The SIAM model addresses this complexity, turning the focus on the really important aspects of IT service delivery: business outcomes, rather than technology deliverables.
2. Users simply expect technology to work
In the past, there were usually half a dozen categories of fixed IT Services: desktops, software, network services and so on. So the ITO would offer, for example, a guarantee that a laptop would be provisioned and set up within X weeks, or a network connection achieved within Y days.
Now that users rock up with their own devices (which often they are happy and able to manage themselves) the focus is more on business rather than the technology. This means that the only important Service Levels to focus on should be related to business outcomes rather than the previous highly granulated lists of performance thresholds and response times. Just like we all expect water to come out of a tap when we wash our hands, the same expectation is on the provision of IT Services – it’s expected to just work.
Plus, they expect that any issue or anything they need is available from a single self-service portal; in the background, if it involves placing multiple Purchase Orders and co-ordinating different service providers to fulfil a request, that’s not their concern.
Today, when business leaders discover it will take five months for the ITO to provision servers and storage for a new application, or 18 months to deliver a new mobile app, they simply find an external provider or cloud service and whip out their credit card. Successful technology vendors have long known that their best route to a sale avoids the ITO if at all possible, heading directly to the business.
So what will the ITO look like after it adopts SIAM?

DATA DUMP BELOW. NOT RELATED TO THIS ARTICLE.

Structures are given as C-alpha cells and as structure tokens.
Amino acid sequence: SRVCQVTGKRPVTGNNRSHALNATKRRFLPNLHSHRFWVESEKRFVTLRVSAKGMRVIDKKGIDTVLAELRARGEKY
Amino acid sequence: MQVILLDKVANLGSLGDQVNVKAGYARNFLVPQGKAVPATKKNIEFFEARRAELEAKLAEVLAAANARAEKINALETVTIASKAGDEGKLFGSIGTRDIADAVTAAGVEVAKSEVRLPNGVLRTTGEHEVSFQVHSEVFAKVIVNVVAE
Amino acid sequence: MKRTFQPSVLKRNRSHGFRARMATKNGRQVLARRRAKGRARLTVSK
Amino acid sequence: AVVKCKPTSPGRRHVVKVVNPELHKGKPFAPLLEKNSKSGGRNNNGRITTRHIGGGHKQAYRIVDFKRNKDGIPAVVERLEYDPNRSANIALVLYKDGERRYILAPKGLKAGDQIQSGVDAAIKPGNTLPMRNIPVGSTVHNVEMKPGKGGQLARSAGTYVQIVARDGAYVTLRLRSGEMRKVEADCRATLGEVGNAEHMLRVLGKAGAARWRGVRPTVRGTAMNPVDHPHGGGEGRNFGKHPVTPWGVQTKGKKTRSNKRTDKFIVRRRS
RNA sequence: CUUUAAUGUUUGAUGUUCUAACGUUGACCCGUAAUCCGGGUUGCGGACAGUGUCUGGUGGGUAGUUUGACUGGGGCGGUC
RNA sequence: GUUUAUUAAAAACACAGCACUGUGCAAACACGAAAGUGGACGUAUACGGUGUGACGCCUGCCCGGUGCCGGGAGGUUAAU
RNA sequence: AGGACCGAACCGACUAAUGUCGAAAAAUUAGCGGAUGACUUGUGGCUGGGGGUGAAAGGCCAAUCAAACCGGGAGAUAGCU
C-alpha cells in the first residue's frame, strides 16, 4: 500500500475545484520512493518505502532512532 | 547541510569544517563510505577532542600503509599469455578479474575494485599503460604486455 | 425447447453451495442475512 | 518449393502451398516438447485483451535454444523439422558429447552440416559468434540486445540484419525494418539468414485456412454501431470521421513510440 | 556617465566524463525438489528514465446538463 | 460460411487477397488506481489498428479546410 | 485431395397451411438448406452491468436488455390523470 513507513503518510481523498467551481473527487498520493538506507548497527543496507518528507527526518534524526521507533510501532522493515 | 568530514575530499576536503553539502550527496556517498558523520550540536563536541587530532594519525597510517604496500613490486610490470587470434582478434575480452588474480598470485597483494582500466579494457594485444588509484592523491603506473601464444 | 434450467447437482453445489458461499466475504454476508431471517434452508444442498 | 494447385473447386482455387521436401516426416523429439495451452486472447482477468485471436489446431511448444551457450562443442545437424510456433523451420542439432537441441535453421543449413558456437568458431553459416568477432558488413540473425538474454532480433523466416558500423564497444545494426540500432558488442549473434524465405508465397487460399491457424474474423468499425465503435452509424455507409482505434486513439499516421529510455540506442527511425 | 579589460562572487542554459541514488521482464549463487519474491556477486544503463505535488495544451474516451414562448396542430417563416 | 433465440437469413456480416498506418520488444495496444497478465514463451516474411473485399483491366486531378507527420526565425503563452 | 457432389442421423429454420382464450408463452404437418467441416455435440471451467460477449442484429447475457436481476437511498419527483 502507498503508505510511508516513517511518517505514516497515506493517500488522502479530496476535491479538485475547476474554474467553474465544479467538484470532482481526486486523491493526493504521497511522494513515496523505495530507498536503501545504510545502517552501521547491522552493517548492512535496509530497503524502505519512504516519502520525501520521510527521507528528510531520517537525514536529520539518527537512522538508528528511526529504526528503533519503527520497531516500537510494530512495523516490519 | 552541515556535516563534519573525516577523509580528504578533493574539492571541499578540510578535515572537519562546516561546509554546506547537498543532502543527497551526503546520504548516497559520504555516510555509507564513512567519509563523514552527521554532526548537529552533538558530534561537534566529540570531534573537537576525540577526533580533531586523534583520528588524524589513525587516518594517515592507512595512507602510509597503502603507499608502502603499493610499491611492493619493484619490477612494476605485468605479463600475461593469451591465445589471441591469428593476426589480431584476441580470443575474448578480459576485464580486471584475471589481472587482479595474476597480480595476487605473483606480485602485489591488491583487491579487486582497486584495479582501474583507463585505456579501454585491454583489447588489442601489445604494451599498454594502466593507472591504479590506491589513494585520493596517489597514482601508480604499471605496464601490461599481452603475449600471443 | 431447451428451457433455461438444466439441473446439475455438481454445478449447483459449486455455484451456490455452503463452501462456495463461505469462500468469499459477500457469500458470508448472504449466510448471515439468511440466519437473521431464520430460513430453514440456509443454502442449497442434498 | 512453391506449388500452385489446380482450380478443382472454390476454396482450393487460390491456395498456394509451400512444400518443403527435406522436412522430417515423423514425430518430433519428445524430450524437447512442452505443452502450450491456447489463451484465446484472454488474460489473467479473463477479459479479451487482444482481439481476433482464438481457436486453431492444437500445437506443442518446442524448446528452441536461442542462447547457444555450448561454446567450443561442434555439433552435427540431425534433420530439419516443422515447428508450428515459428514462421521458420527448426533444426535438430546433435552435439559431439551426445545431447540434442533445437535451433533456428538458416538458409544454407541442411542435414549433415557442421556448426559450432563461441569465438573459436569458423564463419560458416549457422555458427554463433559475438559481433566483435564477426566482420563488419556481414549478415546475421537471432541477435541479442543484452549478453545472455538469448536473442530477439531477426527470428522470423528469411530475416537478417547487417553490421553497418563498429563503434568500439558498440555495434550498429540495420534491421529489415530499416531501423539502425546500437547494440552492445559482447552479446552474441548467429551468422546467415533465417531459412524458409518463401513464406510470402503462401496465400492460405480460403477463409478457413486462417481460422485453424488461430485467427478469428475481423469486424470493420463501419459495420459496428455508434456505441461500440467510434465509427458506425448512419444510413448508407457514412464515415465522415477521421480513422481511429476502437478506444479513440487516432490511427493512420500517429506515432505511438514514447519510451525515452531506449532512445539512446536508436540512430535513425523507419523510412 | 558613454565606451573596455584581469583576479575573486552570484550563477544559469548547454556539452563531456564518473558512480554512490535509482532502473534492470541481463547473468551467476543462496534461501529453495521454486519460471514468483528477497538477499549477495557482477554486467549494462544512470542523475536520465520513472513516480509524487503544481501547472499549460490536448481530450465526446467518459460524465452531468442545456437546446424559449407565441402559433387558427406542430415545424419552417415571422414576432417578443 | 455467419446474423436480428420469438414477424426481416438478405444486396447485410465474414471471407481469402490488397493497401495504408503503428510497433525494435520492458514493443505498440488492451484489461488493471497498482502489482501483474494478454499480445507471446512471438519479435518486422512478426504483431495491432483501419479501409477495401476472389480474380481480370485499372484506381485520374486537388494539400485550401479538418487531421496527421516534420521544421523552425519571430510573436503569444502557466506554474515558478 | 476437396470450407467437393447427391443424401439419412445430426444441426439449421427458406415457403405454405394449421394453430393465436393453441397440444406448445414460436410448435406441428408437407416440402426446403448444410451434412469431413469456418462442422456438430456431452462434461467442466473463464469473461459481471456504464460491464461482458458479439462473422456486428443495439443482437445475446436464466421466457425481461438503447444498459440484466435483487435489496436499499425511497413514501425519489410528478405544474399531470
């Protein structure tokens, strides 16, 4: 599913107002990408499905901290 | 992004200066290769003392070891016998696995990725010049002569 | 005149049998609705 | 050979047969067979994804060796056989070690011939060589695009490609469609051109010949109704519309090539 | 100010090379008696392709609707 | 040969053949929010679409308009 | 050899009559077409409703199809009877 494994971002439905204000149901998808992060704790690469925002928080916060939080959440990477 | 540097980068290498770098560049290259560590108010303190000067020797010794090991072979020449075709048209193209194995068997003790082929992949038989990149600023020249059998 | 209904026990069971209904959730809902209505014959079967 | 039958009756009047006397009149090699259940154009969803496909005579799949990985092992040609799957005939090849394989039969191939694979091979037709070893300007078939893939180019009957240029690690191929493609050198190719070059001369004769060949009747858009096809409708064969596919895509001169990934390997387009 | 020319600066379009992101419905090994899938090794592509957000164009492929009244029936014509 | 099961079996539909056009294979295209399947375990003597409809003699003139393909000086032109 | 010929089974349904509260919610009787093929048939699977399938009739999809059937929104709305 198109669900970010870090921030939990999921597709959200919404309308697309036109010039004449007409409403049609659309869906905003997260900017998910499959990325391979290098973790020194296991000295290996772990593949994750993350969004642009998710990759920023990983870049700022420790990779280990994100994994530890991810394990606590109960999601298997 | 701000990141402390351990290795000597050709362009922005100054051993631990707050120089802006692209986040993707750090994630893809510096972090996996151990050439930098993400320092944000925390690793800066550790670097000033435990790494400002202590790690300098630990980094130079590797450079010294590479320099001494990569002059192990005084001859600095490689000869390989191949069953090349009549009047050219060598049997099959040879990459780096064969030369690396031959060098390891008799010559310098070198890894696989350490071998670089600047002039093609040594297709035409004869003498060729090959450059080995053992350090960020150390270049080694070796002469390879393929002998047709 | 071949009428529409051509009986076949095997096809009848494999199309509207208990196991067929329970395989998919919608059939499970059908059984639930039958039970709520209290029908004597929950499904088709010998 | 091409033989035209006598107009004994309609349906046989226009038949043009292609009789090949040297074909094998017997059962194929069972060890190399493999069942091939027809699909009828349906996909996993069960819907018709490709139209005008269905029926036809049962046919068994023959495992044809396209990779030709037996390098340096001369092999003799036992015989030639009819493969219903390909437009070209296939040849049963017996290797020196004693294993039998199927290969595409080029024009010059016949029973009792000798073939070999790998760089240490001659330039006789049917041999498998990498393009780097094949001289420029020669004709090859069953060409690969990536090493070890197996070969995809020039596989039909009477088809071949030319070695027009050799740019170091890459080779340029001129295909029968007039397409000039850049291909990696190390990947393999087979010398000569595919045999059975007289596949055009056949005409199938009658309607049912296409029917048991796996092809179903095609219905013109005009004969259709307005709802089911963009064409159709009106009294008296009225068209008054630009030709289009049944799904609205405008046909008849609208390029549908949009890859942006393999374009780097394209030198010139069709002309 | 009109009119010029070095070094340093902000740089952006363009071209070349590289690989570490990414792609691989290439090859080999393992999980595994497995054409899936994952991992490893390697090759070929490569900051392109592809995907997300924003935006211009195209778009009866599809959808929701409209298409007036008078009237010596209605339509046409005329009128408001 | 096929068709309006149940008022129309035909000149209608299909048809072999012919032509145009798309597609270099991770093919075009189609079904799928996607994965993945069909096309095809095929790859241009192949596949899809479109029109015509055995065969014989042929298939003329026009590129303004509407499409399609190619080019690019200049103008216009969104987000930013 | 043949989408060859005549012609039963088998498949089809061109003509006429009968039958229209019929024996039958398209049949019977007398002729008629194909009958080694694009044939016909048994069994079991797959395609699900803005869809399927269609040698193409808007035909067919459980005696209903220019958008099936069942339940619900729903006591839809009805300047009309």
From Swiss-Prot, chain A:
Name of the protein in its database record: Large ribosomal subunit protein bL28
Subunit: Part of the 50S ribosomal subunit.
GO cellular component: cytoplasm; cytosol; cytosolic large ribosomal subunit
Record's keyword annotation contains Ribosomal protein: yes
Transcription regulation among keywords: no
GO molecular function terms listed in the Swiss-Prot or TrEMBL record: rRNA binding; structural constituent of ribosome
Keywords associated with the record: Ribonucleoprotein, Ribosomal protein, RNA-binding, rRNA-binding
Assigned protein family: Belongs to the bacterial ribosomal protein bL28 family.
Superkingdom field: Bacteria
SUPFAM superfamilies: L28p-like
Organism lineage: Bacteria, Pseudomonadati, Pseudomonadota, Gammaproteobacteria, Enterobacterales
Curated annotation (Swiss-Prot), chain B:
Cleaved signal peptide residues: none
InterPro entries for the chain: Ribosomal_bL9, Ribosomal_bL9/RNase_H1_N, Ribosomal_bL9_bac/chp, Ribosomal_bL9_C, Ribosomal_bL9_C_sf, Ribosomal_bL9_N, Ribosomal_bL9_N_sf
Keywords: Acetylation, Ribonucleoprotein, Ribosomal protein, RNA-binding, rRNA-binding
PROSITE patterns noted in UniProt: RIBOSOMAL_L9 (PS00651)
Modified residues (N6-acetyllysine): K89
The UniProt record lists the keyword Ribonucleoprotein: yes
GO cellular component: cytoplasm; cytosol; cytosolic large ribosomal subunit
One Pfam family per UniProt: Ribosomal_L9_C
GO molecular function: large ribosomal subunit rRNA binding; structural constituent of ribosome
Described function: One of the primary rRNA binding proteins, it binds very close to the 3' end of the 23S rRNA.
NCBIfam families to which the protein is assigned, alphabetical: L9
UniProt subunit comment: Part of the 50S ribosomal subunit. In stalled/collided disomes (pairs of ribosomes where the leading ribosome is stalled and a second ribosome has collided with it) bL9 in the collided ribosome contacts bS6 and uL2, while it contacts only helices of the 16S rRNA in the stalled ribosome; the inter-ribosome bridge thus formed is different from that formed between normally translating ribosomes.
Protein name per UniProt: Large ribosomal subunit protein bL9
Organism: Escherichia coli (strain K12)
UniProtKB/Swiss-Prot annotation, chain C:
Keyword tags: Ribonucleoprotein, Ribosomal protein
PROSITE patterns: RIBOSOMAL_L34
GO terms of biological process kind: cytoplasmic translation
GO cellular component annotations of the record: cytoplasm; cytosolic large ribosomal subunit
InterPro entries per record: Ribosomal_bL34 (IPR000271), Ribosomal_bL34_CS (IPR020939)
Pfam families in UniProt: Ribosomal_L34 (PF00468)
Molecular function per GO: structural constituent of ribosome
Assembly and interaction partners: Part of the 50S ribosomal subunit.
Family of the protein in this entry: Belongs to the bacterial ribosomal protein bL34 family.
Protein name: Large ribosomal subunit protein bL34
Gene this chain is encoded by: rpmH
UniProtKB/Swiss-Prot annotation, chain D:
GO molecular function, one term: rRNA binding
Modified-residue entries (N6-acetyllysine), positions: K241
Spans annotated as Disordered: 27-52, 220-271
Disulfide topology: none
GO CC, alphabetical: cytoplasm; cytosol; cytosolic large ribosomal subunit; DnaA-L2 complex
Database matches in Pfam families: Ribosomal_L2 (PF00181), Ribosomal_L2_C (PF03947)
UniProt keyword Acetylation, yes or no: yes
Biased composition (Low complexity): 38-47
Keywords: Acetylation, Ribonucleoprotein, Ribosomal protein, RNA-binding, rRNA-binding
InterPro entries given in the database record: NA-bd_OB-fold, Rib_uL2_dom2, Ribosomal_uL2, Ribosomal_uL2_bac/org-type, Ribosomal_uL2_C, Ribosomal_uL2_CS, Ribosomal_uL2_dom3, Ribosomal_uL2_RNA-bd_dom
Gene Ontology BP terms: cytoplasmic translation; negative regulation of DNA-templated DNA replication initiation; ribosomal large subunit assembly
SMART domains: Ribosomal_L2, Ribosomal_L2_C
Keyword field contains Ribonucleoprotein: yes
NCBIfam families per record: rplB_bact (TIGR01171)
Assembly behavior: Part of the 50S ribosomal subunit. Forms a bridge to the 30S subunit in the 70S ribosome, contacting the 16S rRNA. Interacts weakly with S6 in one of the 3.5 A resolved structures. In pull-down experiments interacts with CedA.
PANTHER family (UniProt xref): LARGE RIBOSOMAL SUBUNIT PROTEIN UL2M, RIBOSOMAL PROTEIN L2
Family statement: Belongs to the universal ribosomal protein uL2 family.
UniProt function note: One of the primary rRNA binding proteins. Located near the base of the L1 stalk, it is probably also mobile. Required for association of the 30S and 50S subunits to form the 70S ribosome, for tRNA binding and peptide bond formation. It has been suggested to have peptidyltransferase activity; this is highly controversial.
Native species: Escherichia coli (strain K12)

I see much changing but some things staying the same. Enterprises will still be consuming IT services from multiple providers; this won’t change. But the interface between these providers and the users has to. Any prime contractor or outsourced IT provider will have to step up to the mark and become an effective SI under the SIAM model, or get out of the way. In fact, I foresee more enterprises contracting directly with their multiple service providers and inserting the SI function directly between these providers and the users.
also predict that, within five years, most internal IT service management shops will have become SIAM organisations. They will either bring an SI in, or build the function internally. In fact, SIAM will have other applications for large enterprises, beyond the disciplines of IT services.
One thing I am sure of: IT service providers will need to buckle down to the SIAM model, just as they did under ITIL five to ten years ago, in order to remain relevant. And outsourcers and prime contractors will either have to assume an SI role or submit to a third-party SI. Otherwise the gig will be up.
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About the Author
Michael Billimoria is a technology thought leader and is currently Market Development Manager at UXC Consulting. Prior to this he was the National Practice Lead for IT Service Management.
Michael has a proven record of successfully delivering technology projects realising tangible business benefits in complex environments.